The French Settle And Rename Cape Canaveral

It is little known that one of the first attempted European settlements on North America was near Cape Canaveral. In the early 1560`s, Frenchman Jean Ribault was commissioned to establish permanent settlements in Florida. French settlement would be extremely dangerous, since the Spanish dominated the seas and reacted swiftly and violently to French piracy, whether actual or perceived.

During the Ribault campaign to establish settlements, a ship named "Trinity" was wrecked north of Cape Canaveral, on what is now called the Cape Canaveral National Seashore. The shipwrecked party was able to establish a settlement nearby, and promptly renamed Cape Canaveral "French Cape".

The French party was able to do something the Spanish had not been able to. They established and maintained peaceful relations with the local Native American inhabitants. Establishment of this settlement and similar efforts by Ribault brought swift reprisal from the Spanish.

The Spanish Quickly Uproot The French Settlers

Sensing a threat to their own interests, the Spanish commissioned Pedro Menendez de Aviles to establish settlements and drive the French from Florida. The greatest concentration of French settlers had established a village on the northern Atlantic coast of Florida.

Pedro Menendez de Aviles quickly uprooted these settlers, murdering many, including Jean Ribault, under a flag of truce. Some of the French settlers evaded the Spanish, and fled south to the settlement at "French Cape". Their intention was to build an escape vessel out of the remains of the ship "Trinity" and head back to France.

In 1565, a permanent Spanish settlement was established and named St. Augustine, an area previously occupied by the French. St. Augustine remains the oldest permanent European settlement in North America. The Spanish quickly headed south to establish a settlement at strategic Cape Canaveral.

The Spanish succeeded in uprooting the French settlement at the Cape. Most of the French settlers were taken prisoner, but about 20 are believed to have sought refuge at an Ais Indian village on the Indian River.

Immediately after removing the French settlers, the Spanish attempted to build a permanent fort at Cape Canaveral, primarily for the purpose of protecting shipwrecked sailors from attack. In 1565, the same year St. Augustine was established, a Spanish blockhouse was built at the northern tip of the Indian River.

This was followed by a gradual movement of Spanish forces to the south. Several small fortifications were erected on Cape Canaveral, traces of which have been found and preserved. However, relentless attacks from the Ais resulted in a complete Spanish abandonment of Cape Canaveral within a few months.

Although Cape Canaveral remained a vital landmark for sailors in the years that followed, the area was untouched by settlers for nearly three centuries.

British Flag Briefly Flies Over Florida

Florida became a British possession as a result of the Treaty of Paris in 1763. British settlers were moderately successful at establishing colonies in Florida, although Cape Canaveral itself was not affected. The nearest British settlement in relation to Cape Canaveral was New Smyrna to the north, settled by Dr. Andrew Turnbull in 1767.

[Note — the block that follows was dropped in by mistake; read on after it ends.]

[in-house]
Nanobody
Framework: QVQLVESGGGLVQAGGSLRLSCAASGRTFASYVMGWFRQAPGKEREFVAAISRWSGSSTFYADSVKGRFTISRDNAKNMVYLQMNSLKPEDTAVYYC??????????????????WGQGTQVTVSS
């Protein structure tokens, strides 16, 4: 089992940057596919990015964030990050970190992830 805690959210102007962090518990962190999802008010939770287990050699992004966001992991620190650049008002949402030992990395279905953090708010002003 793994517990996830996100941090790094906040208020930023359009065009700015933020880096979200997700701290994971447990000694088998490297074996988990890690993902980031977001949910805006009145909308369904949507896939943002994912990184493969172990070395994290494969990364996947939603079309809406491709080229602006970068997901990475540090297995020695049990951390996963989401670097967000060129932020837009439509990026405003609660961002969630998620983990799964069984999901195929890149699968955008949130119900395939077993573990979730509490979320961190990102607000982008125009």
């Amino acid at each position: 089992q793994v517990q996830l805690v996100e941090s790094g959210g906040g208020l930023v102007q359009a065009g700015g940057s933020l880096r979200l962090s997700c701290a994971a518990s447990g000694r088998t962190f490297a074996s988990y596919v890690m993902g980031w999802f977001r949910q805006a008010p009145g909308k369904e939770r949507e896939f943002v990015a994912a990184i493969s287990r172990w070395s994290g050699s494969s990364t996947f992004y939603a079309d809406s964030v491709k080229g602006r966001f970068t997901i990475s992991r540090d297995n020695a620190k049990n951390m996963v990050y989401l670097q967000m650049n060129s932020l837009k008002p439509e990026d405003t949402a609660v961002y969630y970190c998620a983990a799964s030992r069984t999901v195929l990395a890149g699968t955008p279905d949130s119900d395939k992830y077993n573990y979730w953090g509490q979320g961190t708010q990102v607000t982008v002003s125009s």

Cape Canaveral Becomes U.S. Possession By War

Cape Canaveral, along with the rest of Florida, became a possession of the United States as a result of the Revolutionary War. In fact, the last naval battle of the Revolutionary War was fought about 72 miles southeast of Cape Canaveral.

On March 10, 1783 the British ship HMS Sybil challenged the French-built ship Duc de Lausun and the American ship Alliance. The British ship, as well as three others which gave chase later, were successfully outgunned and driven off by the Alliance.

Upon the conclusion of the War of 1812, Cape Canaveral would remain under the flag of the United States.

Cape Canaveral Remains Unsettled Until U.S. Expands Southward

As the borders of the United States continued to expand, the first American settlers slowly trickled into Florida. At the age of 23, Douglas D. Dummitt established the first permanent settlement in the Cape Canaveral area. By 1828, Dummitt was able to ship commercial quantities of oranges northward along the Indian River.

Dummitt Grove was located on Merritt Island, directly west of Cape Canaveral with the Indian River to the west and the Banana River to the east. Much of the original Dummitt Grove is today located on Kennedy Space Center property. Dummitt operated an orange grove on this land until his death in 1872.

Cape Canaveral itself, however, did not receive its first American inhabitants until a few decades later. As the Dummitt groves were growing and thriving to the west Cape Canaveral remained very isolated, accessible only by boat.

In the 1840`s the first group of settlers established permanent residence on geographic Cape Canaveral. These were hearty souls from Georgia and the Carolinas, mostly of English and Scott-Irish heritage. Today there are still people who can trace their lineage back to these settlers.

The first Cape Canaveral settlers occupied just a few households, but were able to maintain a self-reliant existence at what at the time was a hostile environment marked by brutal heat, plagues of mosquitoes, a challenging sand and scrub environment in which to grow crops and most of all isolation from other people.

Cape Canaveral Gets An Enduring Lighthouse

In 1843, the U.S. government selected Cape Canaveral as the site for a permanent lighthouse. The eastern tip of the Cape made a natural choice for this vital aid to navigation. Construction of the original Cape Canaveral Lighthouse, made of brick, was completed in 1847. For more information on the Cape Canaveral Lighthouse, click here.